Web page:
Exchange rate overvaluation under hyperinflation: The case of Peru
This dissertation examines the behavior of the exchange rate under two different scenarios. The first one is characterized by, relatively, low inflation or a situation where prices adjust sluggishly. The second is a high inflation economy where prices respond very rapidly even to unanticipated shocks. In the first one, following a monetary expansion, the exchange rate overshoots, i.e. the nominal exchange rate depreciates at a faster pace than the price level. Under high levels of inflation, prices change faster than the exchange rate so the exchange rate undershoots its long run equilibrium value.^ The standard work in this area, Dornbusch (1976), explains the overshooting process in the context of perfect capital mobility and sluggish adjustment in the goods market. A monetary expansion will make the exchange rate increase beyond its long run equilibrium value. This dissertation expands on Dornbusch's model and provides an analysis of the exchange rate under conditions of currency substitution and price flexibility, characteristics of the Peruvian economy during the hyper inflation process that took place at the end of the 1980's. The results of the modified Dornbusch model reveal that, given a monetary expansion, the change in the price level will be larger than the change in the exchange rate if prices react more than proportionally to the monetary shock.^ We will expect this over-reaction in circumstances of high inflation when the velocity of money is increasing very rapidly. Increasing velocity of money, gives rise to a higher relative price variability which in turn contributes to the appearance of new financial (and also non-financial) instruments that report a higher return than the exchange rate, causing people to switch their demand for foreign exchange to this new assets. In the context of currency substitution, economic agents hoard and use foreign exchange as a store of value. The big decline in output originated by hyper inflation induces people to sell this hoarded money to finance current expenses, increasing the supply of foreign exchange in the market. Both, the decrease in demand and the increase in supply reduce the price of foreign exchange i.e. the real exchange rate. The findings mentioned above are tested using Peruvian data for the period January 1985-July 1990, the results of the econometric estimation confirm our findings in the theoretical model. ^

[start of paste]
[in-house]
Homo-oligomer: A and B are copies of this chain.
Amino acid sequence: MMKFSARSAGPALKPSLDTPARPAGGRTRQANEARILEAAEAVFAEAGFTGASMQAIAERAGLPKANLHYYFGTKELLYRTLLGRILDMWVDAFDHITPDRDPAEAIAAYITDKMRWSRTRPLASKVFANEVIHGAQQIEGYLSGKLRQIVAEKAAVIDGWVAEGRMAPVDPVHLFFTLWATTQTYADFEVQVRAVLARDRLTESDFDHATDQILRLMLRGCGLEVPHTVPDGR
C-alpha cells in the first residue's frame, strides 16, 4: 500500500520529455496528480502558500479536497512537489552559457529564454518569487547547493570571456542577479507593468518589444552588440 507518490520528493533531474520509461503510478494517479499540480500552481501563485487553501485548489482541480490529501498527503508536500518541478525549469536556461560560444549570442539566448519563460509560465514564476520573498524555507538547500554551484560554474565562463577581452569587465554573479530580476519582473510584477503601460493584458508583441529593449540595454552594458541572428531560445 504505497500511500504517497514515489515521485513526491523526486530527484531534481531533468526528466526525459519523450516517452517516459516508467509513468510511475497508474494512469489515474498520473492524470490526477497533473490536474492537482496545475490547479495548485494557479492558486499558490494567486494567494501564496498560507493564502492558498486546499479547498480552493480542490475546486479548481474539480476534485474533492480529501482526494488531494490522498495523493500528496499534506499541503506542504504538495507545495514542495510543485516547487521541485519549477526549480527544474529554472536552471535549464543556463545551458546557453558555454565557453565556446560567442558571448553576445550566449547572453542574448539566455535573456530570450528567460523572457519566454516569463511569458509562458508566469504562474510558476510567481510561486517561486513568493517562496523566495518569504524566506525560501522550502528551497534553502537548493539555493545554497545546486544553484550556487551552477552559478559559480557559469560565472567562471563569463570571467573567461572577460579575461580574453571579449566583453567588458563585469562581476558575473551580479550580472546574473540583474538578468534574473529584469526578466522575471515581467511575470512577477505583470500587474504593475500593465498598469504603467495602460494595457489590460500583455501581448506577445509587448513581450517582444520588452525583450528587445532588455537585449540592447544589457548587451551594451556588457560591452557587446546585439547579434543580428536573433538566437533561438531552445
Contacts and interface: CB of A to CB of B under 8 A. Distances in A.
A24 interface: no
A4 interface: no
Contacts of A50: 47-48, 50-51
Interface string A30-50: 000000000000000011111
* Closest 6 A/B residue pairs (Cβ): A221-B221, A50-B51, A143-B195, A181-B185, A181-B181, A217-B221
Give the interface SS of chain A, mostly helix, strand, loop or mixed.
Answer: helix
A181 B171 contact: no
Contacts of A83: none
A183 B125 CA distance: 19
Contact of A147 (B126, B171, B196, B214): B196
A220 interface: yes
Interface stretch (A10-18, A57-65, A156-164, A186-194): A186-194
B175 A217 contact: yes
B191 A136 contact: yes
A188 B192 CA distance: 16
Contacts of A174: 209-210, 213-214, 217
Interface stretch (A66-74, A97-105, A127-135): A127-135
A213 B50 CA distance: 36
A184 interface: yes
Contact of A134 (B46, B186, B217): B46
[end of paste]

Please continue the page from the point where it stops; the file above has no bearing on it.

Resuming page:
Amiel-Saenz, Rafael, "Exchange rate overvaluation under hyperinflation: The case of Peru" (1996). ProQuest ETD Collection for FIU. AAI9717839.